1. Please tell us a little more about yourself and Chefsallyjane.com.
I am a Midwestern girl who grew up living around the world and learned to love food as we traveled. To me, food and culture are intertwined and I continue to use culinary traditions as a way to penetrate and understand the places I’m lucky enough to travel to.
While I was living in London I started my blog chefsallyjane.com, as a way to tell stories about the recipes I create, share my foodie adventures, and interact with the larger world of food lovers out there.
Now I’m living in Amman, Jordan, and love being able to share stories with my readers about a place that’s so exotic and rich in culinary heritage.
2. Tell us a little more about the French Culinary Institute in New York City and your best times there.
I chose to study culinary arts at the French Culinary Institute in New York City because a friend of mine had gone there and loved it. Being in the middle of that vibrant city with all of its different cultures was the perfect training ground for a chef.
It was an intensive six month program and I loved every minute of it! The absolute best part was realising that I had made the right choice, at age 32, to leave my desk job and get into the kitchen and train myself to become professional at what had always been a hobby for me.
3. Can you share a little from behind the scenes of being a food writer?
Being a food writer is second nature to me as I got my Masters of Fine Arts in non-fiction writing at Columbia University long before I went to culinary school.
The two go hand-in-hand. It’s tricky to get noticed as everyone who eats these days is really a food writer, but I’ve enjoyed contributing to various outlets like Today.com and Travel & Leisure Magazine.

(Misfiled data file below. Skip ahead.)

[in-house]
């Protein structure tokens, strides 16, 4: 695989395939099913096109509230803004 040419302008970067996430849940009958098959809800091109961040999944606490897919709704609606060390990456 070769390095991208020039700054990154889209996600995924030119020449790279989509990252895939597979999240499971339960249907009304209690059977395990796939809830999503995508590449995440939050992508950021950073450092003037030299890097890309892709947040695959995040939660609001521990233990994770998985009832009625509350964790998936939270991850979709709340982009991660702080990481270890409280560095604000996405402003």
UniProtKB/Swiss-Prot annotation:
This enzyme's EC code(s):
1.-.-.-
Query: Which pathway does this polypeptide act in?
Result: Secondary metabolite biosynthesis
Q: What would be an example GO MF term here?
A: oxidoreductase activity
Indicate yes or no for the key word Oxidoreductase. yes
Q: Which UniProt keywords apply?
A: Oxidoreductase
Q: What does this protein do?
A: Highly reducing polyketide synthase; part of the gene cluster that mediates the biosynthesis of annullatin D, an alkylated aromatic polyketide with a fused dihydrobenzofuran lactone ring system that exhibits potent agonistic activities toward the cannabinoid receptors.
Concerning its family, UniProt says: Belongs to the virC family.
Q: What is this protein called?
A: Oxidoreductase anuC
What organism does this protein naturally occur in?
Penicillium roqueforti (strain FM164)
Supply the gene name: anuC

Now I’m a columnist for a local Jordanian lifestyle magazine called Family Flavours and every month get to play with new ingredients to create recipes for a whole new market.
Being a foodie in Jordan is a relatively new idea and I appreciate being able to take local ingredients and use them in ways which are unfamiliar to the general population here.
4. What are your kitchen essentials?
I couldn’t live without my KitchenAid mixer and food processor, but I sort of believe that if you have a sharp chef’s knife and a pairing knife, you’re in business! I do love my microplane and spatulas are a must!
5. Do you use a dishwasher and would you recommend one?
We do have a dishwasher and after years of living without one I’m not quite sure what I did before! I can’t say that I recommend any one brand as we have always lived in rental properties and what we get is what we get. However, especially for cleaning all of my Tupperware and greasy pans, I can’t imagine anything better.
6. I loved your “Spanish Chicken Stew”. Your recipes a pure inspiration. What’s next? 🙂
Like so many of us I’m well into “Holiday” mode and am looking forward to creating dishes for this festive season.
It’s a tad frustrating here as things I associate with this time of year can be challenging to find (Brussels sprouts spring to mind). However, I guess that’s the joy of being creative – I’ll have to make do and just figure it out. Stay tuned!
7. Who is your favorite chef and why?
My favorite chef is probably Alice Waters of Chez Panisse in Berkeley.
I was fortunate enough to work in her kitchen briefly and also helped with her Edible Schoolyard project which works to teach young children how to grow vegetables and fruit, harvest them, and then cook using the fruits of their labor.
I see her as a pioneer in the farm-to-table movement which is so popular now, and would love to be able to create a similar awareness and appreciation for good, fresh ingredients here in Jordan.
8. A message to your fans and readers.
I am grateful to all of my readers, near and far. At the beginning it felt a little like I was writing into a void, but now I have regulars who comment and interact from all over the world.
My goal is to make cultures that seem so different from our own feel just a little bit more familiar because of the stories attached to their food. We all eat, share a table with our friends and family, pass recipes down from one generation to the next.
In a world where there feels like there’s so much hatred and distrust, remembering what we have in common might just help bridge the gap.
That’s what I hope, at least.